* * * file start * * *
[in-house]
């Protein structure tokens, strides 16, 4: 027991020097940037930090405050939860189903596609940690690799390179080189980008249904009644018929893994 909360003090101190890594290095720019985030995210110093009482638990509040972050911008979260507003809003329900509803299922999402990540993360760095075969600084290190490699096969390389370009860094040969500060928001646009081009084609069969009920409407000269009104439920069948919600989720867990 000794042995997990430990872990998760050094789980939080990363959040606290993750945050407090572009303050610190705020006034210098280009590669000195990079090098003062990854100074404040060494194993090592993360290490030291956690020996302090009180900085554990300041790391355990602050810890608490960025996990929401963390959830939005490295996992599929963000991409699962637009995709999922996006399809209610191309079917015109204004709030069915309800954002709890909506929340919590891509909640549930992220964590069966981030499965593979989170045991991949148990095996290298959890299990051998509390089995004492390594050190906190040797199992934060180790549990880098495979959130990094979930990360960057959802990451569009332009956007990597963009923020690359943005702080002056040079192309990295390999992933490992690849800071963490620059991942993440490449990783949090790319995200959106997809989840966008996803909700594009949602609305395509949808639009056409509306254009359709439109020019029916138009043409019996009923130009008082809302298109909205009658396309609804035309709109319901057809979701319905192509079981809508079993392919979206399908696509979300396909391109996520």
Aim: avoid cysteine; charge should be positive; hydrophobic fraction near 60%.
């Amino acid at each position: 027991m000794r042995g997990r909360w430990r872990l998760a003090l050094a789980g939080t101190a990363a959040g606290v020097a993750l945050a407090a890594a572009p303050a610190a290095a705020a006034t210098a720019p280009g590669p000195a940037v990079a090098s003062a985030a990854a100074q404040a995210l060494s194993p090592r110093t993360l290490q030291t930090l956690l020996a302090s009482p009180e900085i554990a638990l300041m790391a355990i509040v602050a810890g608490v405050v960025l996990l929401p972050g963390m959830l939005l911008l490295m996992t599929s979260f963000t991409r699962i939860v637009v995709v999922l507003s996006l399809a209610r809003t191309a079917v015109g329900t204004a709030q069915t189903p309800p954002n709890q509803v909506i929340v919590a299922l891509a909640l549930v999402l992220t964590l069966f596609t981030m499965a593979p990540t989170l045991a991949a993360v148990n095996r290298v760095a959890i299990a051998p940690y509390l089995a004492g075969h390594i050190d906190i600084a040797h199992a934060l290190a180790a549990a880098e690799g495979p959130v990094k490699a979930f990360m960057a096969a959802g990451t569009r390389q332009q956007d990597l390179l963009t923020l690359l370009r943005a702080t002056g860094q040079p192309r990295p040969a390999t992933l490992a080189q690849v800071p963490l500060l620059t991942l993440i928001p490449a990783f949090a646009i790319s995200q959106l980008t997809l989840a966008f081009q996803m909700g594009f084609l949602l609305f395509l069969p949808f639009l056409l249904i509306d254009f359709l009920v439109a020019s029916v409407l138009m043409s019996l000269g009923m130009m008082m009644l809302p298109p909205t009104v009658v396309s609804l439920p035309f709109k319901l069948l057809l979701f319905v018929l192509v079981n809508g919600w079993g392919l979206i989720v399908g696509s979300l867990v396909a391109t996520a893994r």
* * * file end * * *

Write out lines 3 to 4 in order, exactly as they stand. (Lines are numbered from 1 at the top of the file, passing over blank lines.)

Aim: avoid cysteine; charge should be positive; hydrophobic fraction near 60%.
């Amino acid at each position: 027991m000794r042995g997990r909360w430990r872990l998760a003090l050094a789980g939080t101190a990363a959040g606290v020097a993750l945050a407090a890594a572009p303050a610190a290095a705020a006034t210098a720019p280009g590669p000195a940037v990079a090098s003062a985030a990854a100074q404040a995210l060494s194993p090592r110093t993360l290490q030291t930090l956690l020996a302090s009482p009180e900085i554990a638990l300041m790391a355990i509040v602050a810890g608490v405050v960025l996990l929401p972050g963390m959830l939005l911008l490295m996992t599929s979260f963000t991409r699962i939860v637009v995709v999922l507003s996006l399809a209610r809003t191309a079917v015109g329900t204004a709030q069915t189903p309800p954002n709890q509803v909506i929340v919590a299922l891509a909640l549930v999402l992220t964590l069966f596609t981030m499965a593979p990540t989170l045991a991949a993360v148990n095996r290298v760095a959890i299990a051998p940690y509390l089995a004492g075969h390594i050190d906190i600084a040797h199992a934060l290190a180790a549990a880098e690799g495979p959130v990094k490699a979930f990360m960057a096969a959802g990451t569009r390389q332009q956007d990597l390179l963009t923020l690359l370009r943005a702080t002056g860094q040079p192309r990295p040969a390999t992933l490992a080189q690849v800071p963490l500060l620059t991942l993440i928001p490449a990783f949090a646009i790319s995200q959106l980008t997809l989840a966008f081009q996803m909700g594009f084609l949602l609305f395509l069969p949808f639009l056409l249904i509306d254009f359709l009920v439109a020019s029916v409407l138009m043409s019996l000269g009923m130009m008082m009644l809302p298109p909205t009104v009658v396309s609804l439920p035309f709109k319901l069948l057809l979701f319905v018929l192509v079981n809508g919600w079993g392919l979206i989720v399908g696509s979300l867990v396909a391109t996520a893994r």